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/ Source: TODAY
By Eun Kyung Kim

Keala Settle’s Oscar night performance from her movie, “The Greatest Showman,” brought the audience to its feet. Her routine is even more impressive after the actress revealed she suffered a mini-stroke just one week before the big night.

Settle, 43, lost motor functions in half of her body while suffering from a warning stroke during rehearsals for “This Is Me.” The experience lead doctors to diagnose her with a rare cerebrovascular disorder known as Moyamoya disease.

Keala Settle, performing "This Is Me" at the Oscars on March 4, one week after she suffered a mini-stroke during rehearsals.Craig Sjodin / ABC via Getty Images

Settle eventually underwent a 10-hour double-bypass brain surgery to address her health scare, she told People magazine in an interview.

“It’s shifted me in ways I’m still understanding,” she said about her journey to recovery. “The way that I look at the world is so completely different. I’m more at peace than I’ve ever been; I can find the joy in things I never could. This truly gave me another lease on life.”

Settle said the experience forced her to slow down what had been a jam-packed schedule. In the weeks leading up to the Oscars, she had been on a non-stop worldwide promotional tour for the soundtrack of “The Greatest Showman,” in which she played the Bearded Lady.

“I was completely rundown,” she said. “I had gotten food poisoning in Tokyo, I was fighting a cold. I barely had anything left to give.”

On Feb. 24, Settle felt something go wrong in the middle of rehearsals for her Oscar performance.

“It was like someone cracked an egg on the top of my head and then drew a line on my body, turning one half off. My body started drooping immediately,” she recalled. “I tried to put my hands up to my face, but I could only move my left arm. I couldn’t talk because part of my tongue was immobile. I tried to stand, but there was nothing.”

Settle was experiencing a transient ischemic attack, or TIA, which is often called a mini-stroke because their symptoms — including slurred speech and weakness on one side of the body — are viewed as precursors to a full-scale stroke.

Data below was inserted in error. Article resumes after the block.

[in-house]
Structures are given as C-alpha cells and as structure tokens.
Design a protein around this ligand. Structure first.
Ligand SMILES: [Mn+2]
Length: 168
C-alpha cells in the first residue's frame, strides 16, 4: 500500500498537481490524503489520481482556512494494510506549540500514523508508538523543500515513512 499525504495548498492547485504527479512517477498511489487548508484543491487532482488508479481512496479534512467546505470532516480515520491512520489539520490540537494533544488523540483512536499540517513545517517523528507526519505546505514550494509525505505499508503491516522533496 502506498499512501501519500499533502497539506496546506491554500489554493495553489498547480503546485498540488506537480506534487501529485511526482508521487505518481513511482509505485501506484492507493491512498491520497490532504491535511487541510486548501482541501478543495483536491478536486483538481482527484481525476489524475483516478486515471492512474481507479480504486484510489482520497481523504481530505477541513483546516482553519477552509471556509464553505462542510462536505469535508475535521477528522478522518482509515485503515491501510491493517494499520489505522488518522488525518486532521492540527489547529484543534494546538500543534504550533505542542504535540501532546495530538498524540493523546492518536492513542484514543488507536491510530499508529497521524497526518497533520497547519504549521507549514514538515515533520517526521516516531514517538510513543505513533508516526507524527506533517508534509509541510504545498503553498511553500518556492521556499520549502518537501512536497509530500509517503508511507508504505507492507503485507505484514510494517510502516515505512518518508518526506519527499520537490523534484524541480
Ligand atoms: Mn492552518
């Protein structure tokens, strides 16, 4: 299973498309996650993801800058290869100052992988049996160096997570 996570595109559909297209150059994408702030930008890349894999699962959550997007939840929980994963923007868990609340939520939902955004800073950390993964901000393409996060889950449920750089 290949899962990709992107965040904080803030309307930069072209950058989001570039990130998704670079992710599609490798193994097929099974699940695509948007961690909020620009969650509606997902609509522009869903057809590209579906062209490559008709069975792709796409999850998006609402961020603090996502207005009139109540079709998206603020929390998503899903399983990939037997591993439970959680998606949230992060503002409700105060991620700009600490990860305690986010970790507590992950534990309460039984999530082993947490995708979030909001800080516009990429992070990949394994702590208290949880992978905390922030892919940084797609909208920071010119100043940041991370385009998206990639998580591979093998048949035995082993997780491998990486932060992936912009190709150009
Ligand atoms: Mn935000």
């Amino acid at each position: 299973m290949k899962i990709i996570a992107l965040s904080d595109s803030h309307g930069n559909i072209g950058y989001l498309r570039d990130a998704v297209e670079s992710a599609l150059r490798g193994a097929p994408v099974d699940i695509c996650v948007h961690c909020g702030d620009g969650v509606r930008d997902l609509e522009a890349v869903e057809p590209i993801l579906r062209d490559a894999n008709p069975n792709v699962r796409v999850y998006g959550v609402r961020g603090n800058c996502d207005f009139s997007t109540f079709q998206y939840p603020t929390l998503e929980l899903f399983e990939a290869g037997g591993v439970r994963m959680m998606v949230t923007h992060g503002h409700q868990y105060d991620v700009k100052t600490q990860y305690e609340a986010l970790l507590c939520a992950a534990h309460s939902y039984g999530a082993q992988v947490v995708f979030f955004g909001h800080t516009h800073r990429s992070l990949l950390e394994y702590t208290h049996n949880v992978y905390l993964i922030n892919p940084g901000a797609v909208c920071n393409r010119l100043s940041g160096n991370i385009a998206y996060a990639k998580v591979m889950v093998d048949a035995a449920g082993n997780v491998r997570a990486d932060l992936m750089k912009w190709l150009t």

Settle said she regained her body’s motor functions within 20 minutes.

“It could have happened at any time,” Settle said. “It just so happened to happen a week before the biggest performance of my life.”

Settle as the Bearded Lady in "The Greatest Showman"Alamy

Brain scans over the next few days revealed the degree of her problem but Settle decided to delay brain surgery so she could perform at the Oscars. She was put on anti-seizure medication, low-dosage aspirin and encouraged to stay hydrated.

"I'm used to working in the theater and the show must go on," she joked.

She finally underwent surgery on April 27 to open up blood flow to the blocked side of her brain. She’s since had to start her life over in many ways.

“I needed a blood transfusion to help move, and then I spent the entire first month doing a lot of cognitive and physical therapy to relearn how to walk, talk, write, and live life again,” she said. “I’ve been growing my memory, too. It’s all a process and I’m still working on it daily.”

But Settle is ready to be back in action. She has been cast in a featured role in Fox’s upcoming live production of “Rent” in January. She’s also working with her doctor and another patient to start the first Moyamoya foundation.

“The universe had its chance to take me and I’m still here,” she said. “I’m just so grateful to be alive and I’m not giving that up.”